34th New York Volunteer Infantry Regiment

From Wikipedia, the free encyclopedia
Jump to navigation Jump to search
34th Regiment New York Volunteer Infantry
Flag of New York (1778–1901).svg
Active June 15th, 1861 to June 30, 1863
Country  United States
Allegiance Union
Branch Infantry
Engagements Battle of Ball's Bluff
Battle of Yorktown (1862)
Battle of Fair Oaks
Seven Days' Battles
Battle of Antietam
Battle of Fredericksburg
Battle of Chancellorsville
2nd Division, II Corps IIcorpsbadge2.png

The 34th New York Volunteer Infantry Regiment, the "Herkimer Regiment", was an infantry regiment of the Union Army during the American Civil War.


The regiment was organized in Albany, New York, on May 24, 1861, and was mustered in for a two-year enlistment on June 15, 1861; it was composed of five companies from Herkimer County, two from Steuben, one from Albany, one from Clinton and one from Essex County. Part of the 38th Militia entered this regiment on June 8, 1863; the regiment was mustered out of service on June 30, 1863, and those men who had signed three year enlistments were transferred to the 82nd New York.

34th New York Infantry monument at Antietam National Battlefield.

The companies were recruited principally:

During the Battle of Antietam, the regiment was assigned to the 1st Brigade (Willis A. Gorman commanding), 2nd Division (John Sedgwick commanding), II Corps (Edwin V. Sumner commanding).

125th PA & 34th NY (inside yellow oval) are counter-attacked shortly after 9 a.m.

At 7:30 on the morning of September 17, 1862, the Thirty-fourth Regiment left camp near Keedysville, crossed the Antietam Creek and marched westward into the East Woods, now extinct. Facing Westward being on the extreme left of Brigade line it emerged from the East Woods and soon became heavily engaged with the Confederate forces in its front. Crossing the open field and the Hagerstown Pike, it entered the West Woods, now also extinct, the line extending North and South of the Dunkard Church. The left of the Regiment being unprotected was in danger of being enveloped by the enemy, and a hasty retreat became necessary; the Regiment reforming near the East Woods with its organization intact. In a very brief time 43 men had been killed and 74 wounded, the killed being 13 percent of all engaged.[1] The regiment was detached from the brigade and moved directly to the front, together with the 125th Pennsylvania Infantry, a new regiment of nine months men. This support was almost fatal to the 34th, for when in the thickest of the fight, the new lines broke and ran, leaving Suiter's command to take care of themselves.[2]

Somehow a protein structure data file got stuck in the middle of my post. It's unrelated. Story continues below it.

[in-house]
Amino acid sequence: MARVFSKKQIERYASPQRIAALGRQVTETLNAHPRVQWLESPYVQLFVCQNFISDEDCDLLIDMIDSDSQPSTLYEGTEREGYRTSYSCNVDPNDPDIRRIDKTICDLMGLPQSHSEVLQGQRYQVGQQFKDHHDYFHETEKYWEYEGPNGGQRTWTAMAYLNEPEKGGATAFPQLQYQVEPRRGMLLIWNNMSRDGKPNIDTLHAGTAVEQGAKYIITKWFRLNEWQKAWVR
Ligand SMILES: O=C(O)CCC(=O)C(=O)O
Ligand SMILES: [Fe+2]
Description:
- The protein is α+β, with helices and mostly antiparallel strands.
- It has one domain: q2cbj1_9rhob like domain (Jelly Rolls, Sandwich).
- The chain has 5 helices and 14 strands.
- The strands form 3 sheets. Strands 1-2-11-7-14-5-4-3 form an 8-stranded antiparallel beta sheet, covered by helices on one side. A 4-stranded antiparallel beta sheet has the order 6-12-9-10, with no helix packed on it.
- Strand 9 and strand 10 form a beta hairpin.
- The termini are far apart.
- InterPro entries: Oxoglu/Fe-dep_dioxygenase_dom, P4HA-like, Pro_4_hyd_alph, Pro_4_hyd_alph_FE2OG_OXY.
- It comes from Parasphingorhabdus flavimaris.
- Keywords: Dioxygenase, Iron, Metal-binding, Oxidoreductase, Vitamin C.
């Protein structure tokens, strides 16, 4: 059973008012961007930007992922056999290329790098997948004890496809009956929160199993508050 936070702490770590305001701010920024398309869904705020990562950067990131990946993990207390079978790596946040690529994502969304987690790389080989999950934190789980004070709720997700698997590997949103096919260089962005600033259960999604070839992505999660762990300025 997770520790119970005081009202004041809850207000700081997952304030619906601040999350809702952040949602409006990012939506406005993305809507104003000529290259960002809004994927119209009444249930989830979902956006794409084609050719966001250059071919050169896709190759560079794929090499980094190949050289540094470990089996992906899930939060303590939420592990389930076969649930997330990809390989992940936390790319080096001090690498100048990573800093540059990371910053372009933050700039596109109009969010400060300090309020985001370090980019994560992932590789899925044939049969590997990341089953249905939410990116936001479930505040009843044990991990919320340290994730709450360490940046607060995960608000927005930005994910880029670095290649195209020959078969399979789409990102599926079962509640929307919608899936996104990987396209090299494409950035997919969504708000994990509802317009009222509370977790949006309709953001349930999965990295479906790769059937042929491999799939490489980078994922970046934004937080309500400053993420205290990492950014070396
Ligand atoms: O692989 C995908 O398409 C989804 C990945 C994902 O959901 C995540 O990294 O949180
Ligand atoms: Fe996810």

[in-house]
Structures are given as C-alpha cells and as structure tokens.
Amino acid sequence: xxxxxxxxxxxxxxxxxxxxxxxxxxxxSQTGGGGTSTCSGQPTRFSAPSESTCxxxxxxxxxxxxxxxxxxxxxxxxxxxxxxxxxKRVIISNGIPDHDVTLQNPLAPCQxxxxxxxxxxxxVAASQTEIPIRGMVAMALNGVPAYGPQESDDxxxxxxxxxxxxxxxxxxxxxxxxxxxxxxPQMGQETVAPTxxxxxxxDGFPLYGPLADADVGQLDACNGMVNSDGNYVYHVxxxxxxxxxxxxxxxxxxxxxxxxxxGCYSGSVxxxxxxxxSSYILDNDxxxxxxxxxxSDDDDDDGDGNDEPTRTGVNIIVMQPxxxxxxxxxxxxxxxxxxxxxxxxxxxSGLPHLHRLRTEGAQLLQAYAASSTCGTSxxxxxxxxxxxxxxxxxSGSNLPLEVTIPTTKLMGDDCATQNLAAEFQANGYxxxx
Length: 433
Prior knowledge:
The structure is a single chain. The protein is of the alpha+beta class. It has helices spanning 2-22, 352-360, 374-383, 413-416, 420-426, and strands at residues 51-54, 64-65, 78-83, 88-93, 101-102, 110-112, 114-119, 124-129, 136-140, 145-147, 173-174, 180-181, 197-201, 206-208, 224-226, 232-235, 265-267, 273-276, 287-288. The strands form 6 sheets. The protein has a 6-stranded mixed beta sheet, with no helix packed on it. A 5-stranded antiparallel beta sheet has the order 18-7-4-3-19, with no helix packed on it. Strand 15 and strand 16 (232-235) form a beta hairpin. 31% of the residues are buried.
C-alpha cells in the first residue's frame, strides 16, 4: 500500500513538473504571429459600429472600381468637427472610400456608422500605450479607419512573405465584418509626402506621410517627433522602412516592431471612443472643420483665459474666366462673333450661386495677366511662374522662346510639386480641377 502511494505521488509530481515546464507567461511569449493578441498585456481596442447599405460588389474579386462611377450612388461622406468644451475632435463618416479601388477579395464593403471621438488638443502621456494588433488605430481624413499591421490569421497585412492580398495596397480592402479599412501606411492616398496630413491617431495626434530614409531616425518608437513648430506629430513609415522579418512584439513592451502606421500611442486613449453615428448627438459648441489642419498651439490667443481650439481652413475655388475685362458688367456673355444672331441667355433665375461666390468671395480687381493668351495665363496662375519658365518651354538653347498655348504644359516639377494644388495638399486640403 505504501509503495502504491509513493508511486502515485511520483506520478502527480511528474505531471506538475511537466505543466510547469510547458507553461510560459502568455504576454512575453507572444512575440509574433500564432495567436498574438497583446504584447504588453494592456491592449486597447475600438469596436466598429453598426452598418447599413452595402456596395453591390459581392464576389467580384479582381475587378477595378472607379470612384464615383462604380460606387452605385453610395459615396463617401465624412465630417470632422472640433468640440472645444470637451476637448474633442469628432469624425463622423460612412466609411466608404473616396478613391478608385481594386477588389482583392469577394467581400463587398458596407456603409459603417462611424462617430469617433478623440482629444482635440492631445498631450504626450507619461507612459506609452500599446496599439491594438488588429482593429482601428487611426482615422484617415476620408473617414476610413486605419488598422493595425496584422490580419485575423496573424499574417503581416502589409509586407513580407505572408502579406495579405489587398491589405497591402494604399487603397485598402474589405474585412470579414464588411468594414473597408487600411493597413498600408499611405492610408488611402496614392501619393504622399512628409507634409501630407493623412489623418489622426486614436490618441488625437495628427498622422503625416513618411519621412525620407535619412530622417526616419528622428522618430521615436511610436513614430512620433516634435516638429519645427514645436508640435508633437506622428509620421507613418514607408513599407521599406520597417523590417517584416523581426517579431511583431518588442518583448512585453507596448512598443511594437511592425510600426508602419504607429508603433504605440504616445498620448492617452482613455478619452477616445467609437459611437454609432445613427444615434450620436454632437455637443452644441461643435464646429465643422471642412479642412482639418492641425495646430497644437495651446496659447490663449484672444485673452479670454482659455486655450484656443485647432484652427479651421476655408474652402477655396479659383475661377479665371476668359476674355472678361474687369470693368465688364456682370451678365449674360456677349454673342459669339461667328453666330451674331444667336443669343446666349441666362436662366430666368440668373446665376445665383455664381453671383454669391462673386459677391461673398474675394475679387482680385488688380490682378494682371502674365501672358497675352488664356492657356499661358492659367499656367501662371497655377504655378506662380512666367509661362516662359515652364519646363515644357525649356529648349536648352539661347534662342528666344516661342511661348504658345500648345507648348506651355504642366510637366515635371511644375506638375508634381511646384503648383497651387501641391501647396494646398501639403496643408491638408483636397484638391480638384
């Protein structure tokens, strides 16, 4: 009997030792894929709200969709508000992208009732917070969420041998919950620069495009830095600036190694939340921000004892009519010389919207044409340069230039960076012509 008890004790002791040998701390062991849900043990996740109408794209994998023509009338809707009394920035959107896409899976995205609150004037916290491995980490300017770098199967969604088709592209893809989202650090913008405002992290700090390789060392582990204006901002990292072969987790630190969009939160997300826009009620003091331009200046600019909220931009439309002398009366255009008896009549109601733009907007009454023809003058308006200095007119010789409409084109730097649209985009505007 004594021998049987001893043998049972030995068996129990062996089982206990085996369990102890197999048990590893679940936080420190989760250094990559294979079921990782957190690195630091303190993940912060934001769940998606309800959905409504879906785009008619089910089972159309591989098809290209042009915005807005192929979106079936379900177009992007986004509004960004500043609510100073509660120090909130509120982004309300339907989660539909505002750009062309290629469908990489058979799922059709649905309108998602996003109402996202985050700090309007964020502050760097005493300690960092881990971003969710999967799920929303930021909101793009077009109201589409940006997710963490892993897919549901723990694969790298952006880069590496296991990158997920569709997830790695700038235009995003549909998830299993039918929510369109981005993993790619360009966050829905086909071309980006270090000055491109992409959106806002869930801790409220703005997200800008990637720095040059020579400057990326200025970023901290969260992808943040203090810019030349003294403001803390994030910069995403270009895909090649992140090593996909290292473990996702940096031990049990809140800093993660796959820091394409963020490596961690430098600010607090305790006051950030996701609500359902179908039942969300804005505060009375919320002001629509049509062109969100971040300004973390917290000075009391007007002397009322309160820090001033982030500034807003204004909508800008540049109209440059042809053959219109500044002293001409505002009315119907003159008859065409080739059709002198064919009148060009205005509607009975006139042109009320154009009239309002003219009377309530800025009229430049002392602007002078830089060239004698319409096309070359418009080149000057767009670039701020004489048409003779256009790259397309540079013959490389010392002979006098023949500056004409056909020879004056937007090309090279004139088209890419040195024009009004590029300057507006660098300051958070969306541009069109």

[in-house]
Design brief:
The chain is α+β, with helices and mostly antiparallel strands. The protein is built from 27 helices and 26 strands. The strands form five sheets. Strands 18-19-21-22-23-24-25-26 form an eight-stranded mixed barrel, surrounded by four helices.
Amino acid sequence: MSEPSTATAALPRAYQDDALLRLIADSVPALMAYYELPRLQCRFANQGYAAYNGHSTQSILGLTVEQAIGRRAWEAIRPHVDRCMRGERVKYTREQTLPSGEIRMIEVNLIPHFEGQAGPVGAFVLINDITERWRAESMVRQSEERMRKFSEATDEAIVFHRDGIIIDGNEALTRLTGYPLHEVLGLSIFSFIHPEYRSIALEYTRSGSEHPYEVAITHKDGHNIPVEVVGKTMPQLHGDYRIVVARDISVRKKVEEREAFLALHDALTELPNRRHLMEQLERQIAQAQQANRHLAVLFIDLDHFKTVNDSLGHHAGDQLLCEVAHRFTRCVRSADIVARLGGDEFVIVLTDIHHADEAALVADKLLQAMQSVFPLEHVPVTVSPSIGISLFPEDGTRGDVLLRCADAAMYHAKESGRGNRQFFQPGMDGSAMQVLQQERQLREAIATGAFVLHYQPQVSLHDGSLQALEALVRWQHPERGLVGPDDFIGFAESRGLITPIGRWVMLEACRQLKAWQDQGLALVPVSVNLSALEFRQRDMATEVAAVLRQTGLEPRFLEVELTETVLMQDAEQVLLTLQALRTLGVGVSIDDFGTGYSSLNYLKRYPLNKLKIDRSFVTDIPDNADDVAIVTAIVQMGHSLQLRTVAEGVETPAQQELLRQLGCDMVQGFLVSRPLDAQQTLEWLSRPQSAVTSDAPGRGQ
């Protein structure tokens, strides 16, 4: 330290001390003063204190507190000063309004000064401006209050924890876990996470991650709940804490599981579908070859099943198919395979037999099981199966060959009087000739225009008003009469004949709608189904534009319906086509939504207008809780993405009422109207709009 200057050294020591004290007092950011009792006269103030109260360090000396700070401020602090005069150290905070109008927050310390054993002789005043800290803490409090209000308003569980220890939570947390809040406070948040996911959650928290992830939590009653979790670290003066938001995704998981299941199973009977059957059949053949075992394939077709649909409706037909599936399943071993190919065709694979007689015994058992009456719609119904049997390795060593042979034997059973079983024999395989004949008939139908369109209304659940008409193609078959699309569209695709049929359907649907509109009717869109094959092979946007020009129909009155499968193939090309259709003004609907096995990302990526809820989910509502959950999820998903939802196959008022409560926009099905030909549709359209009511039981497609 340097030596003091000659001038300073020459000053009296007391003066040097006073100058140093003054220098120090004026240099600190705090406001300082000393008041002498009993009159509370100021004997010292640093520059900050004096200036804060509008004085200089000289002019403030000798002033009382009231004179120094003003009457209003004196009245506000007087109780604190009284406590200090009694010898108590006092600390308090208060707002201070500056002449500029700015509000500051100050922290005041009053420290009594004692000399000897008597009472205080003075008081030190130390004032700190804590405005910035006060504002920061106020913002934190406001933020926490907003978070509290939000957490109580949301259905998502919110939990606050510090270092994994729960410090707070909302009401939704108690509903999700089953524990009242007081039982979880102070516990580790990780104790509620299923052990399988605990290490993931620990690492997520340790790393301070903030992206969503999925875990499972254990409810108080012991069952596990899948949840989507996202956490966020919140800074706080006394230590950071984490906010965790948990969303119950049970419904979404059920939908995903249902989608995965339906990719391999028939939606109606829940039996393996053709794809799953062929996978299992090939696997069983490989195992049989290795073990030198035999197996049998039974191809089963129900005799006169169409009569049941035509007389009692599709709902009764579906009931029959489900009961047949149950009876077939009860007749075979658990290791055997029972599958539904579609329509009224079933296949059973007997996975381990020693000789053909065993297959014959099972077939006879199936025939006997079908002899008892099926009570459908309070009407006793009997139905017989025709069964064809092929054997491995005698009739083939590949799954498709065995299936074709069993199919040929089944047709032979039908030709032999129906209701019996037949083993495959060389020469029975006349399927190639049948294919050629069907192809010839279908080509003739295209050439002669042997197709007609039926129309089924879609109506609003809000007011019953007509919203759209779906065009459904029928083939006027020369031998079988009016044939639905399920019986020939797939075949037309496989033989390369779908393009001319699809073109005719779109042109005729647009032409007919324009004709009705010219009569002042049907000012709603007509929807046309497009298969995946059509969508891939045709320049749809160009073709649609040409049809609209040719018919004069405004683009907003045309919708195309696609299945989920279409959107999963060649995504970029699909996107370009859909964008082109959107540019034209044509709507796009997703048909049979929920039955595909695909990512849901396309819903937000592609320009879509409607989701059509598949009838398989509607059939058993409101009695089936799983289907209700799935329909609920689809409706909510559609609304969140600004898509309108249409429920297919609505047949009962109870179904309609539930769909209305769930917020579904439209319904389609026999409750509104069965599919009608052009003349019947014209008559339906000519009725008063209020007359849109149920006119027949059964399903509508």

The regiment lost 14 men killed or wounded at Fredericksburg and an additional 18 men captured.

On May 1, 1863, the day prior to the Battle of Chancellorsville, six companies of the regiment mutinied and refused to fight on the grounds that their two year enlistment terms had expired, although in fact this was still almost two months away. Brig. Gen John Gibbon, who commanded the division that the 34th New York was in, brought up the 18th Massachusetts and gave them orders to shoot the men of the 34th New York if they wouldn't fight. The regiment reformed and served dutifully during the Second Battle of Fredericksburg two days later. On June 30, the 34th New York mustered out and the two year men went home, the remaining companies, who had signed up for three years of service, being transferred to the 82nd New York Infantry.

Total strength and casualties[edit]

The total enrollment of the regiment was 1,016 members, of whom 93 were killed in action or died of wounds during the term of service and 69 died from other causes. During its service the regiment lost by death, killed in action, 1 officer, 65 enlisted men; of wounds received in action, 2 officers, 26 enlisted men; of disease and other causes, 1 officer, 67 enlisted men; total, 4 officers, 158 enlisted men; aggregate, 162.[3]


  • Colonel William LaDue
  • Colonel James A. Suiter
  • Colonel Byron Laflin

See also[edit]



External links[edit]